The Olympics are Done, But the Party’s Not Over
Well, Vancouver (and other parts of the world not so gorgeous, save Texas), the Olympics are over. I was pretty busy during these Olympics, volunteering as the Official Uncertified Psychologist of the games. And now, of course, there’s additional work for me, because there’s a significant wave of depression that’s hit folks that have been preparing months or even years for this event. BOOM, they woke up on Monday and realized there’s no more for them to do. No more glory, no more spotlight. One day they’re a volunteer uncertified psychologist, and the next day no one’s saying, “Hey, who is that guy? Is he supposed to be here?” Yes, he was, and now, apparently, you don’t need him any more.
So, what can I do for these people, who are feeling blue after getting such attention from the media and security personnel? Well, a few things. First, you have to remember that the Olympics did not define you. You brought what makes you wonderful to this event. In effect, an event like this is made up of people. It’s not some entity that you just coalesce into. Each person had to be willing to show up, to be a part of the party in order for the party to happen.
Sure, some people didn’t want to be a part of the party. But I don’t really want to talk about them, because people who object to an event which creates international good will and a moment of peace between people, because of the negative environmental (or whatever) impact of creating that huge force of good will have lost all perspective. It would be like throwing a party and having someone attend and saying, “Oh, you know what? You really could have used more biodegradable plates and forks for the cheese that I’m eating right now, which probably came from a mistreated cow. Why am I wearing all black and hiding my face while I insult your cheese? It’s because I take no personal responsibility for my words.” And then that person suddenly grabs your cheese and hurls it through a window. People like that at parties are the most annoying people imaginable.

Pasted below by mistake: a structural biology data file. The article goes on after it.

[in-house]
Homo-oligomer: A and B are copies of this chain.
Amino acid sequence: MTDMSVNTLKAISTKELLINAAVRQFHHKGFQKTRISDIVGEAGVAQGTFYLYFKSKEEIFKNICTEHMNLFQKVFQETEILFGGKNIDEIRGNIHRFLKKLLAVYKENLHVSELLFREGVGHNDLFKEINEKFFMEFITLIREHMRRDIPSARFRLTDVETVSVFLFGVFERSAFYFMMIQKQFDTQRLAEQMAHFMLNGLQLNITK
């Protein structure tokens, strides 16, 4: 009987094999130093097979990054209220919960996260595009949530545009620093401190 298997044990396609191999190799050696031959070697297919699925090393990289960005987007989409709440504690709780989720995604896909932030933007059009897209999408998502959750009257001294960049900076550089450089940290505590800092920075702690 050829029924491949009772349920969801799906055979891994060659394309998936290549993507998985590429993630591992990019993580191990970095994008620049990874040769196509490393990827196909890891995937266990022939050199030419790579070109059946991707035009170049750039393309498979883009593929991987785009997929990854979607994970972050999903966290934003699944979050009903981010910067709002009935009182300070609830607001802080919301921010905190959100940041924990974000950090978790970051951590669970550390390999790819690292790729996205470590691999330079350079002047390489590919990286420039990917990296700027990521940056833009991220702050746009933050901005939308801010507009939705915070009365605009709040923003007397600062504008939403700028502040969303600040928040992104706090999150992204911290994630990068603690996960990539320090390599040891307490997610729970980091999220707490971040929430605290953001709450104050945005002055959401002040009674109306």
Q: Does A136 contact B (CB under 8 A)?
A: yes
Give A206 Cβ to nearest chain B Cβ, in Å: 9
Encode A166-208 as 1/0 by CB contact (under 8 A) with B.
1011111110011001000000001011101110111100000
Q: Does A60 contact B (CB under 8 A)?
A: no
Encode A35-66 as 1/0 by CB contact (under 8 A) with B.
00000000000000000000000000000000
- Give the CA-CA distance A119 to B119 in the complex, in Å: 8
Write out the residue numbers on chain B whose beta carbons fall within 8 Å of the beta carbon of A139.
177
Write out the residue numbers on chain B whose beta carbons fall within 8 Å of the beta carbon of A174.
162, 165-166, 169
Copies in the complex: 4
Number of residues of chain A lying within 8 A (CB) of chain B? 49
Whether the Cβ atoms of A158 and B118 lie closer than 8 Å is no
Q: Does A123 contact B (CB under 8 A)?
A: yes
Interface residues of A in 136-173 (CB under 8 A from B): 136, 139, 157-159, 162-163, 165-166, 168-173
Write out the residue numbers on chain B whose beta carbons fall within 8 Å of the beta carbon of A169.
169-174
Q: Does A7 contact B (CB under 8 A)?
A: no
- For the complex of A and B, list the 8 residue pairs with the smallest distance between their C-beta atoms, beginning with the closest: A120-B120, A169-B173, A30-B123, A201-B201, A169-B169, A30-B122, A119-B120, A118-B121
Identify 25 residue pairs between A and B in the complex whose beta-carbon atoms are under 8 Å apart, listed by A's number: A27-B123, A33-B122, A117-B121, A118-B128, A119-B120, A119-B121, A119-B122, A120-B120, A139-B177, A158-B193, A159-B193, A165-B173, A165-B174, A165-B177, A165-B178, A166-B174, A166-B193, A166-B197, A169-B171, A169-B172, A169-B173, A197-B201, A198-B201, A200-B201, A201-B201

Fortunately, because of the force of goodwill, the negative impact of those negative nannies was minimal, and we barely heard about them after the first few days. So let’s go back to the people who made this time wonderful.
As I said, you brought your wonderful selves to this event, and whatever qualities you brought, that you contributed to this party, you still have. “That sounds familiar, Dr. Matt,” I’m sure you’re saying. You’re right, it’s the same sort of thing I say about relationship break-ups. The relationship between the Olympics and Vancouver has ended, and like most people who have been dumped, it’s natural to feel a little glum about it, and perhaps to take it personally.
But what Vancouver needs to do is to start dating again. Get out there. Find your party. If you miss talking to people on the bus during the last big party, then talk to people on the bus. You don’t have to wait for the party to happen. It didn’t exist separate from you. It existed with you, and without you giving uncertified advice, it couldn’t have happened at all. In fact, give yourself a gold medal. For showing up, and being a part of one of the best parties in a long time.
And most importantly, for not being an asshole who throws cheese through windows.
Just My Thoughts,